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Anarchy Comics: The Complete Collection

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Reviving an iconic comic series originally published from 1978 to 1986, this exclusive collection brings together the legendary four issues of Anarchy Comics, the underground comic that melded anarchist politics with a punk sensibility, producing a riveting mix of satire, revolt, and artistic experimentation. The anthology features previously unpublished work by Jay Kinney Reviving an iconic comic series originally published from 1978 to 1986, this exclusive collection brings together the legendary four issues of Anarchy Comics, the underground comic that melded anarchist politics with a punk sensibility, producing a riveting mix of satire, revolt, and artistic experimentation. The anthology features previously unpublished work by Jay Kinney and Sharon Rudahl, along with a detailed introduction by Kinney that traces the history of the comic he founded and provides entertaining anecdotes about the process of herding an international crowd of anarchistic writers. Reintroducing the long-out-of-print underground comic that inspired its readers and united a subculture, this collection includes all 30 original contributors from across the globe, including Clifford Harper, Donald Rooum, Gary Panter, Melinda Gebbie, and Steve Stiles, among other talented writers and illustrators.


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Reviving an iconic comic series originally published from 1978 to 1986, this exclusive collection brings together the legendary four issues of Anarchy Comics, the underground comic that melded anarchist politics with a punk sensibility, producing a riveting mix of satire, revolt, and artistic experimentation. The anthology features previously unpublished work by Jay Kinney Reviving an iconic comic series originally published from 1978 to 1986, this exclusive collection brings together the legendary four issues of Anarchy Comics, the underground comic that melded anarchist politics with a punk sensibility, producing a riveting mix of satire, revolt, and artistic experimentation. The anthology features previously unpublished work by Jay Kinney and Sharon Rudahl, along with a detailed introduction by Kinney that traces the history of the comic he founded and provides entertaining anecdotes about the process of herding an international crowd of anarchistic writers. Reintroducing the long-out-of-print underground comic that inspired its readers and united a subculture, this collection includes all 30 original contributors from across the globe, including Clifford Harper, Donald Rooum, Gary Panter, Melinda Gebbie, and Steve Stiles, among other talented writers and illustrators.

30 review for Anarchy Comics: The Complete Collection

  1. 5 out of 5

    Victor

    I absolutely love this series, and the reproduction, extras, and extensive introduction are amazing. The only reason this isn't a five star book is because of some scattered weak stories, a few of which are acknowledged by the editor in his introduction as not up to par. The high points, though, are consistent, fascinating, and many, including some great historical work by Spain Rodriguez, brilliant stories by Melinda Gebbie, and new and old material by Sharon Rudahl. I absolutely love this series, and the reproduction, extras, and extensive introduction are amazing. The only reason this isn't a five star book is because of some scattered weak stories, a few of which are acknowledged by the editor in his introduction as not up to par. The high points, though, are consistent, fascinating, and many, including some great historical work by Spain Rodriguez, brilliant stories by Melinda Gebbie, and new and old material by Sharon Rudahl.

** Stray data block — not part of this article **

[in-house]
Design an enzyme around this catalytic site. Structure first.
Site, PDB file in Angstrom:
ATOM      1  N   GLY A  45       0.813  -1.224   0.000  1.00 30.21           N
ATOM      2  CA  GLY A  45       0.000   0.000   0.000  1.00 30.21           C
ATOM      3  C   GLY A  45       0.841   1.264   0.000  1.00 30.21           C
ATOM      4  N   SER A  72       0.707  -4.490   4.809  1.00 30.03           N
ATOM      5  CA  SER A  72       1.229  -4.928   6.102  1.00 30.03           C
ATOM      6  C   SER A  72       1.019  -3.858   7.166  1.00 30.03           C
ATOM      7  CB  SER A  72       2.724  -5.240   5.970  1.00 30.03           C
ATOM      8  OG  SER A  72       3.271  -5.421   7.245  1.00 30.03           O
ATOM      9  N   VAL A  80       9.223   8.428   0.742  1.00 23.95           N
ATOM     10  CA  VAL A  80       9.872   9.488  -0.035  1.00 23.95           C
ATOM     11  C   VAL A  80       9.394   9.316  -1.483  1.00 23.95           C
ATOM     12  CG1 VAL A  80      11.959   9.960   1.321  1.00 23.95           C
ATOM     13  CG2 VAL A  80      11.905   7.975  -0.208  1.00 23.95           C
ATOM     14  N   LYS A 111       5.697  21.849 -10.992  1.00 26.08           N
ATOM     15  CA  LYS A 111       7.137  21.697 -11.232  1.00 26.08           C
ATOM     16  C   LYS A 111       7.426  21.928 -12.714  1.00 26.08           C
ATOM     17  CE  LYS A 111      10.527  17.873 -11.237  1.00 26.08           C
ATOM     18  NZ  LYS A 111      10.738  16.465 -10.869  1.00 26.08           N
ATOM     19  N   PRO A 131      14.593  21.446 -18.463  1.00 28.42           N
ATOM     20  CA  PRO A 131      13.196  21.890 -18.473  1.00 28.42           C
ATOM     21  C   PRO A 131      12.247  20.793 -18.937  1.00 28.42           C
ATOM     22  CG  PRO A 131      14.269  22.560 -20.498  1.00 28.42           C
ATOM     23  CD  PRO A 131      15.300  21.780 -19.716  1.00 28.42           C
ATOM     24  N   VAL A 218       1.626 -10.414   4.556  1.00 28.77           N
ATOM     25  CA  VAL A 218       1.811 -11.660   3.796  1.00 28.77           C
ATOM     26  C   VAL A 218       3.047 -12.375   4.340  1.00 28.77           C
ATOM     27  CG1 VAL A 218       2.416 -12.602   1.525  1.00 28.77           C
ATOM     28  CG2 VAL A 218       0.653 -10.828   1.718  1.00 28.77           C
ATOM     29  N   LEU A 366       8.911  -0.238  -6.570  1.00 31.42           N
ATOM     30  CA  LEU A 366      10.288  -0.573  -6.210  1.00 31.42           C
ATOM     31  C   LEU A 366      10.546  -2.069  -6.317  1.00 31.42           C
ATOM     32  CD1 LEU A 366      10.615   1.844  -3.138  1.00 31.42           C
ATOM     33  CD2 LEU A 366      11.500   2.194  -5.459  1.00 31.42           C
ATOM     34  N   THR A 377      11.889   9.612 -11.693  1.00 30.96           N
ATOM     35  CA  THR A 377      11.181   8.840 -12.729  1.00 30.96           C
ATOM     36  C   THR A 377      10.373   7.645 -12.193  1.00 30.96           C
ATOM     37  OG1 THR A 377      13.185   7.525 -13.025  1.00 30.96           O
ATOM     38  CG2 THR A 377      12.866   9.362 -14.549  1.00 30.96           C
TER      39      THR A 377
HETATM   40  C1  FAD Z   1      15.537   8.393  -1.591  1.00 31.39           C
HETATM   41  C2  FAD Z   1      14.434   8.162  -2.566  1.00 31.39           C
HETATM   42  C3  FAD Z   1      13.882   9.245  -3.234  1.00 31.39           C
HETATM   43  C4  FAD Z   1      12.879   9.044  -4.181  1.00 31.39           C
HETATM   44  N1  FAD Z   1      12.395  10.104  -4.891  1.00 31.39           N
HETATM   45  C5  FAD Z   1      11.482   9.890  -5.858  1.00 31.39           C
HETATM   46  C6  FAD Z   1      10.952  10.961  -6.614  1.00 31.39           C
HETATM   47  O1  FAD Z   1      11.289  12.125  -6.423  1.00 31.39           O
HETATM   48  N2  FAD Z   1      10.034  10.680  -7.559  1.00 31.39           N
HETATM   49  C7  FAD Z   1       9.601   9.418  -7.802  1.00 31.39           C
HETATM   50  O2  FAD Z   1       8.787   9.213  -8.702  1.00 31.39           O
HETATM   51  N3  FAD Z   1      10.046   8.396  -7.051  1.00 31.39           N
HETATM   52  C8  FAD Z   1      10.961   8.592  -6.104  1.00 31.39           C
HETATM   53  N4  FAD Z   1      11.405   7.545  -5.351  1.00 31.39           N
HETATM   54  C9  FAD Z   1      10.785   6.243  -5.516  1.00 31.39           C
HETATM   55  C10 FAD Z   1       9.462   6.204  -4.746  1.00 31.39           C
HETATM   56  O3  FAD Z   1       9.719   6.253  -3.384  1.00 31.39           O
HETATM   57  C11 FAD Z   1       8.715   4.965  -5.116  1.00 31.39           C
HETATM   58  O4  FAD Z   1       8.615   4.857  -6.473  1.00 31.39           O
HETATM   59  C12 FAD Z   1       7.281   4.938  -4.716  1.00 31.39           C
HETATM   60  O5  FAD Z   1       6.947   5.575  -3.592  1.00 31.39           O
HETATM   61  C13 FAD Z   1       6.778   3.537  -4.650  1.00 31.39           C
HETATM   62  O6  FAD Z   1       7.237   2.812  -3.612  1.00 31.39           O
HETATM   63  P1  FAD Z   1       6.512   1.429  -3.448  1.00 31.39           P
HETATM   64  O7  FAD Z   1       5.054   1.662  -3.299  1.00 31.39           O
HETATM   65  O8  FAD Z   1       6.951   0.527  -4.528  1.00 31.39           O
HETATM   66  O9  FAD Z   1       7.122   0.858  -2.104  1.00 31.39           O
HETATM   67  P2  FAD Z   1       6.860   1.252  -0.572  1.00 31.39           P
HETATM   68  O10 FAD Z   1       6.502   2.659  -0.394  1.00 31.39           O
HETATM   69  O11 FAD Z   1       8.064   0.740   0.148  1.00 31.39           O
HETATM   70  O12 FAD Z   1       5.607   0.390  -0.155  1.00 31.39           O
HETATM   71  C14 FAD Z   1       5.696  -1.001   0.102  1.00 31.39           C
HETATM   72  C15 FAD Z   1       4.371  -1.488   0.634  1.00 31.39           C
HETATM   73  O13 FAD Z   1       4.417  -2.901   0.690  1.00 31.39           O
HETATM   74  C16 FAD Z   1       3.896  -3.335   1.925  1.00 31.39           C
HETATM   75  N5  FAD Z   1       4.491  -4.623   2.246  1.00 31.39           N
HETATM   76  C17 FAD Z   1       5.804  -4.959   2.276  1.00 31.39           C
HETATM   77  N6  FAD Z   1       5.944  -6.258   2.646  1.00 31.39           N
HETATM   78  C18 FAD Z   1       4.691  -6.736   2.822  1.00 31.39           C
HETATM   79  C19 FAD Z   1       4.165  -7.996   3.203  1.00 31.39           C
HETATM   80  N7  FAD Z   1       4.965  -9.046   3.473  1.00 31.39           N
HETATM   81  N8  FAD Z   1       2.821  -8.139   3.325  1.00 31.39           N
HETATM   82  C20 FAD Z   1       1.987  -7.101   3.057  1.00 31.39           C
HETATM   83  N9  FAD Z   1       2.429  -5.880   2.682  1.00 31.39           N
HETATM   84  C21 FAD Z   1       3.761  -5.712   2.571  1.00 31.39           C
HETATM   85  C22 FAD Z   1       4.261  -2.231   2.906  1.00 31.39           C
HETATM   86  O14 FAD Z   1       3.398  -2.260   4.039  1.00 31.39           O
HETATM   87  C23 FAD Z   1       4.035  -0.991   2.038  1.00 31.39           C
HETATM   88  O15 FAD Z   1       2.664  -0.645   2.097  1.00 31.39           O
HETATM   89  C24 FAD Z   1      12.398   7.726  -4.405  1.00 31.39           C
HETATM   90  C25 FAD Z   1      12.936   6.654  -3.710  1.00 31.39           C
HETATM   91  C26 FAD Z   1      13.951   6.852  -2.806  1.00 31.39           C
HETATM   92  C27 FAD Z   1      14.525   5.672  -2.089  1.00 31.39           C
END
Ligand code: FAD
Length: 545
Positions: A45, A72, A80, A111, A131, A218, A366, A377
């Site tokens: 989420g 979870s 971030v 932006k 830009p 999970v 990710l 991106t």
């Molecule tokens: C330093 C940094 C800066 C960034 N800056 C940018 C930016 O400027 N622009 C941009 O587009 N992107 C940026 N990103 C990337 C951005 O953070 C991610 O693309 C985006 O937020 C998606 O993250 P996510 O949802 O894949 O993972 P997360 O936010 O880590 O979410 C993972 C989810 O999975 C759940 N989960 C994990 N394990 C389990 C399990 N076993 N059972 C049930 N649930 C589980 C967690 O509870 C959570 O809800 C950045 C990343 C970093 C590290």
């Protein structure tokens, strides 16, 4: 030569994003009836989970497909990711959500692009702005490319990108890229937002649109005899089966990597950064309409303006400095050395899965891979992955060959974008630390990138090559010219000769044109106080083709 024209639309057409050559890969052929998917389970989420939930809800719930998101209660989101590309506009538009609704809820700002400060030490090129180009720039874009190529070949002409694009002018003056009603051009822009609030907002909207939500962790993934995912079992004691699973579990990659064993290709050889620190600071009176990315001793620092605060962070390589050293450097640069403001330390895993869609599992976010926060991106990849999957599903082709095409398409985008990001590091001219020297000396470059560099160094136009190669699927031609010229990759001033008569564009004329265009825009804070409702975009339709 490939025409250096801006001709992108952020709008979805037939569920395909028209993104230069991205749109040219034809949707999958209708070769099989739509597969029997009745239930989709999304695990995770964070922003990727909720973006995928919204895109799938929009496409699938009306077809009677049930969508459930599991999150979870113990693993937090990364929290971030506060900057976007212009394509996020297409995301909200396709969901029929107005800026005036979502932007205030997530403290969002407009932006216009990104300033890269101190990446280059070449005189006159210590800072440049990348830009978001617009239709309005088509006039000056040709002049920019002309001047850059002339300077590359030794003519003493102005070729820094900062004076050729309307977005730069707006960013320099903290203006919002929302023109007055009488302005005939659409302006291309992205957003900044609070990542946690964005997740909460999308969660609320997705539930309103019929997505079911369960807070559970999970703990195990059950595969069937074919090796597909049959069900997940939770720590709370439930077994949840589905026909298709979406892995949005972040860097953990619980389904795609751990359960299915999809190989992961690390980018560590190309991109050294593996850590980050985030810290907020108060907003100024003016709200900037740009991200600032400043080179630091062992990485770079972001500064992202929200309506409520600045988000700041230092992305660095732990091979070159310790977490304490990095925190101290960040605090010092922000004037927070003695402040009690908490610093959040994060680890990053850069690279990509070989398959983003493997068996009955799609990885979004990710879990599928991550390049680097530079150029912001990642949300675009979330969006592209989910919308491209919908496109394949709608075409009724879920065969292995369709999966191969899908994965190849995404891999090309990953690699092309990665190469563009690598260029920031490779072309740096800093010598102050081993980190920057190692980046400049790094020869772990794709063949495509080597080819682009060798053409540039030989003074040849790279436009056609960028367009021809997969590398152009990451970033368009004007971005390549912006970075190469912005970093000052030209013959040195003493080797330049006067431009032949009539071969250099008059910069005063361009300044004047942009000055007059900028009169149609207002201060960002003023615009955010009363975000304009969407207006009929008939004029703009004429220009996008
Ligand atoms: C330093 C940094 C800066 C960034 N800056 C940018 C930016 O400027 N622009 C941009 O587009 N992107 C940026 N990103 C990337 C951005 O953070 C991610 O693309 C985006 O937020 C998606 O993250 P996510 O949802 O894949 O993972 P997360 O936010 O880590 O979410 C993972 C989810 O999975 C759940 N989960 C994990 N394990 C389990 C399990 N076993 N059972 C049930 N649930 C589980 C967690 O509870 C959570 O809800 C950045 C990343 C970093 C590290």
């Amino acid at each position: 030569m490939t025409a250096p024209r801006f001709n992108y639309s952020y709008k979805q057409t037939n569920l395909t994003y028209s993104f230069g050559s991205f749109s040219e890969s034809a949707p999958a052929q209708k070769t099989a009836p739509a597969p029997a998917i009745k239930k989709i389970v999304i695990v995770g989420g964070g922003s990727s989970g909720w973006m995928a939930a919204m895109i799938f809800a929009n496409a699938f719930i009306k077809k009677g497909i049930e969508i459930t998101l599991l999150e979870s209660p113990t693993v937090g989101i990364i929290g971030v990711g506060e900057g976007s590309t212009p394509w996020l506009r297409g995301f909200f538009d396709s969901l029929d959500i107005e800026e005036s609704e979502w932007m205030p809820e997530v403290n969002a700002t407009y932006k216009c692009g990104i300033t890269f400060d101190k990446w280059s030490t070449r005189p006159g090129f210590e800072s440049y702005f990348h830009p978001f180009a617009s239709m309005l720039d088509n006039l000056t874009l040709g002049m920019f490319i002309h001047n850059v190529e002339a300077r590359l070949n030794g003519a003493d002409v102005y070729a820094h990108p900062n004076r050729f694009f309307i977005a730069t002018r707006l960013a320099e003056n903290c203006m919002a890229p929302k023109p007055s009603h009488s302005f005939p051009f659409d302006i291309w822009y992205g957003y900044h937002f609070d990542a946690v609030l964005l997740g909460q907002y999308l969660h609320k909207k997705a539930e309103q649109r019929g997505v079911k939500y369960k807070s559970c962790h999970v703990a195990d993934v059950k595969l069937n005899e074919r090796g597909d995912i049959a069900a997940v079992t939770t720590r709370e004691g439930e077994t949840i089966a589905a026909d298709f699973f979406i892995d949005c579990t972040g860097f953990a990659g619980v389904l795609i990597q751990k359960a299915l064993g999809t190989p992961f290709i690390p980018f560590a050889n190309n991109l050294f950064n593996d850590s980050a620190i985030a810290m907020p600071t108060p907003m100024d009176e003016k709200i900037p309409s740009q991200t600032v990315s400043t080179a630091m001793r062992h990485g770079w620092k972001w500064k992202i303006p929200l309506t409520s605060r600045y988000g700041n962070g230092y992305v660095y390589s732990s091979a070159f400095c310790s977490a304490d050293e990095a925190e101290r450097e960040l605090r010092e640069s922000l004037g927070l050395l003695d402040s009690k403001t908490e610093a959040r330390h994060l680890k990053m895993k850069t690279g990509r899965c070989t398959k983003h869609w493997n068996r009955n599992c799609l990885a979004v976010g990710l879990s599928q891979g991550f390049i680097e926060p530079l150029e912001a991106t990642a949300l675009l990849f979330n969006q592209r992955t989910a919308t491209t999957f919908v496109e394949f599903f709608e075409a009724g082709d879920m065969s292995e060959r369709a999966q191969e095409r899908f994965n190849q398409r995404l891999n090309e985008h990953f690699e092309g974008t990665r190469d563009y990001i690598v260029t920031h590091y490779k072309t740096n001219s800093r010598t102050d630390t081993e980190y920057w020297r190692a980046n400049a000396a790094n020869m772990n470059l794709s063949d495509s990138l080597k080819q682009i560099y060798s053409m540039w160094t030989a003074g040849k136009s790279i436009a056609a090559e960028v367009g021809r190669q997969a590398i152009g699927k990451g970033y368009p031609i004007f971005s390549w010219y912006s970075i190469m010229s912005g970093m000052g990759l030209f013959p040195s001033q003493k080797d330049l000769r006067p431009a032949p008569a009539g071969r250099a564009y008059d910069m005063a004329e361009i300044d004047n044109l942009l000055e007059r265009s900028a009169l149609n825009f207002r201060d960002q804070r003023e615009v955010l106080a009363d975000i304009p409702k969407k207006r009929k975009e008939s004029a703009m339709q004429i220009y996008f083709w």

2. 5 out of 5

    Stewart Tame

    Excellent! I remember picking up a copy of issue #2 of this title at the comics shop back in the day and finding it fascinating reading. Anarchy was one of the comics that bridged the gap between the undergrounds and the indie titles of the '80s. We have underground stalwarts like Gilbert Shelton and Spain Rodriguez, as well as cartoonists who would go on to greater fame in the '80s and '90s like Norman Dog, Gary Panter and Steve Lafler. As with any anthology title, some pieces are stronger than Excellent! I remember picking up a copy of issue #2 of this title at the comics shop back in the day and finding it fascinating reading. Anarchy was one of the comics that bridged the gap between the undergrounds and the indie titles of the '80s. We have underground stalwarts like Gilbert Shelton and Spain Rodriguez, as well as cartoonists who would go on to greater fame in the '80s and '90s like Norman Dog, Gary Panter and Steve Lafler. As with any anthology title, some pieces are stronger than others, but overall the quality is high. This collected volume includes some extras from Jay Kinney's sketchbook as well as a previously unpublished Sharon Rudahl story about Victoria Woodhull. Highly recommended!

  3. 5 out of 5

    Alison Smith

    2.5 stars This is inside baseball anarchism, anarchism for people who use the word “comix.” In particular, I found the historical pieces drab and confusing for those (i.e., me) not already familiar with anarchist theory and history. That said, like pretty much every anthology I’ve ever read, there are a few really good pieces: WILDCAT by Donald Rooum (1981) Two anarchists (a bespectacled stork and a cat in a turtleneck) try to explain the philosophy to the not-yet-converted, before the cat decid 2.5 stars This is inside baseball anarchism, anarchism for people who use the word “comix.” In particular, I found the historical pieces drab and confusing for those (i.e., me) not already familiar with anarchist theory and history. That said, like pretty much every anthology I’ve ever read, there are a few really good pieces: WILDCAT by Donald Rooum (1981) Two anarchists (a bespectacled stork and a cat in a turtleneck) try to explain the philosophy to the not-yet-converted, before the cat decides that violence is more interesting than discussions of theory. “WHAT IS GOVERNMENT?” (1981) pairs Clifford Peter Harper’s expressionistic illustrations with Pierre-Joseph Proudhon’s moving condemnation of government in theory and practice. I’m also a fan of Norman Dog’s “You Rule the World!” (1987), an anarchism-themed choose your own adventure story where you can gain military power, become president, invent eternal life serum, or defect to Russia, but every storyline ends with nuclear holocaust. But still—a lot of this collection was hard to get through, even though it’s comics. Also, I may not be the target audience.

  4. 4 out of 5

    Rasak